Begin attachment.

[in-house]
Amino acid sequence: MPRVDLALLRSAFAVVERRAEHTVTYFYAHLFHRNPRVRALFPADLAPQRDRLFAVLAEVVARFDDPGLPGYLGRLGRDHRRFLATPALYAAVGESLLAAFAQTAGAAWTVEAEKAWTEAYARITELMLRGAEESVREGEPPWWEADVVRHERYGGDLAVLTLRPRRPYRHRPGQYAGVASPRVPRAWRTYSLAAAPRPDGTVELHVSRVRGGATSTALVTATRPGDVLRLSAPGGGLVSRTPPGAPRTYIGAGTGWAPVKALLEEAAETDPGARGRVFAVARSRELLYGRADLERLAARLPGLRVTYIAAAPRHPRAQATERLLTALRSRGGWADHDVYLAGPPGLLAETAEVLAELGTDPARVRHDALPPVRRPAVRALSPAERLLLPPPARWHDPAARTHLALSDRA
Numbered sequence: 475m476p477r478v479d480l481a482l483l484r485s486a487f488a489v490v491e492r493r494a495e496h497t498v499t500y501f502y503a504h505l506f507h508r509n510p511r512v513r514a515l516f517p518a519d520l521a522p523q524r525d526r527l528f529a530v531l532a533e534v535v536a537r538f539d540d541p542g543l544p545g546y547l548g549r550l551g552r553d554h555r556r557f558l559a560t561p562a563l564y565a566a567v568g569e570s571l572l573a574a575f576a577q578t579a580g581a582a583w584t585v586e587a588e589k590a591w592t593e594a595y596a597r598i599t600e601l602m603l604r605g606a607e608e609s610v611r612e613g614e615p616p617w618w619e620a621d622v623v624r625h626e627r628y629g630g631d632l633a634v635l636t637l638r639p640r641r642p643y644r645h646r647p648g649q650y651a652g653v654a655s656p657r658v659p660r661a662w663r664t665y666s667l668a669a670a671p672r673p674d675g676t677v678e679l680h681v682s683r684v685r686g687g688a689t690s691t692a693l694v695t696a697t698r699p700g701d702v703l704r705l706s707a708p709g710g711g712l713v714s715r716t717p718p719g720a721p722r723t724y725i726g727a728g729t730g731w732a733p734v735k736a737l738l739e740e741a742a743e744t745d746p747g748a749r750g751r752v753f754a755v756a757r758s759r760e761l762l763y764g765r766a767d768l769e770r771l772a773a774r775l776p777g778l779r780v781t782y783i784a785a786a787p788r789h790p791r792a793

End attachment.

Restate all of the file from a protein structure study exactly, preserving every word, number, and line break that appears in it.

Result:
[in-house]
Amino acid sequence: MPRVDLALLRSAFAVVERRAEHTVTYFYAHLFHRNPRVRALFPADLAPQRDRLFAVLAEVVARFDDPGLPGYLGRLGRDHRRFLATPALYAAVGESLLAAFAQTAGAAWTVEAEKAWTEAYARITELMLRGAEESVREGEPPWWEADVVRHERYGGDLAVLTLRPRRPYRHRPGQYAGVASPRVPRAWRTYSLAAAPRPDGTVELHVSRVRGGATSTALVTATRPGDVLRLSAPGGGLVSRTPPGAPRTYIGAGTGWAPVKALLEEAAETDPGARGRVFAVARSRELLYGRADLERLAARLPGLRVTYIAAAPRHPRAQATERLLTALRSRGGWADHDVYLAGPPGLLAETAEVLAELGTDPARVRHDALPPVRRPAVRALSPAERLLLPPPARWHDPAARTHLALSDRA
Numbered sequence: 475m476p477r478v479d480l481a482l483l484r485s486a487f488a489v490v491e492r493r494a495e496h497t498v499t500y501f502y503a504h505l506f507h508r509n510p511r512v513r514a515l516f517p518a519d520l521a522p523q524r525d526r527l528f529a530v531l532a533e534v535v536a537r538f539d540d541p542g543l544p545g546y547l548g549r550l551g552r553d554h555r556r557f558l559a560t561p562a563l564y565a566a567v568g569e570s571l572l573a574a575f576a577q578t579a580g581a582a583w584t585v586e587a588e589k590a591w592t593e594a595y596a597r598i599t600e601l602m603l604r605g606a607e608e609s610v611r612e613g614e615p616p617w618w619e620a621d622v623v624r625h626e627r628y629g630g631d632l633a634v635l636t637l638r639p640r641r642p643y644r645h646r647p648g649q650y651a652g653v654a655s656p657r658v659p660r661a662w663r664t665y666s667l668a669a670a671p672r673p674d675g676t677v678e679l680h681v682s683r684v685r686g687g688a689t690s691t692a693l694v695t696a697t698r699p700g701d702v703l704r705l706s707a708p709g710g711g712l713v714s715r716t717p718p719g720a721p722r723t724y725i726g727a728g729t730g731w732a733p734v735k736a737l738l739e740e741a742a743e744t745d746p747g748a749r750g751r752v753f754a755v756a757r758s759r760e761l762l763y764g765r766a767d768l769e770r771l772a773a774r775l776p777g778l779r780v781t782y783i784a785a786a787p788r789h790p791r792a793